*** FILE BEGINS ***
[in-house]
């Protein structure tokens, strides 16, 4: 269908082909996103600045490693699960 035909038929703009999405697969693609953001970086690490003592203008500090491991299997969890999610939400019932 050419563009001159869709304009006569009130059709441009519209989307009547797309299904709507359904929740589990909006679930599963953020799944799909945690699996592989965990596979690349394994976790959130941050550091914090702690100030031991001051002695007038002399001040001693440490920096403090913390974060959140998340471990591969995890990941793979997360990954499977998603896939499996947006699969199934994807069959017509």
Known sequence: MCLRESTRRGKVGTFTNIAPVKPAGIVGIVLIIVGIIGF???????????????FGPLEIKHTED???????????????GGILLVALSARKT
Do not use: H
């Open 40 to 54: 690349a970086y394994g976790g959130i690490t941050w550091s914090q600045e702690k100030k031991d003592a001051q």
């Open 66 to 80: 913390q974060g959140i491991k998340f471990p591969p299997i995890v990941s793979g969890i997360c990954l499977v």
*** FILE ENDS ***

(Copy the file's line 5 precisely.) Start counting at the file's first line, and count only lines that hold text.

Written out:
């Open 40 to 54: 690349a970086y394994g976790g959130i690490t941050w550091s914090q600045e702690k100030k031991d003592a001051q």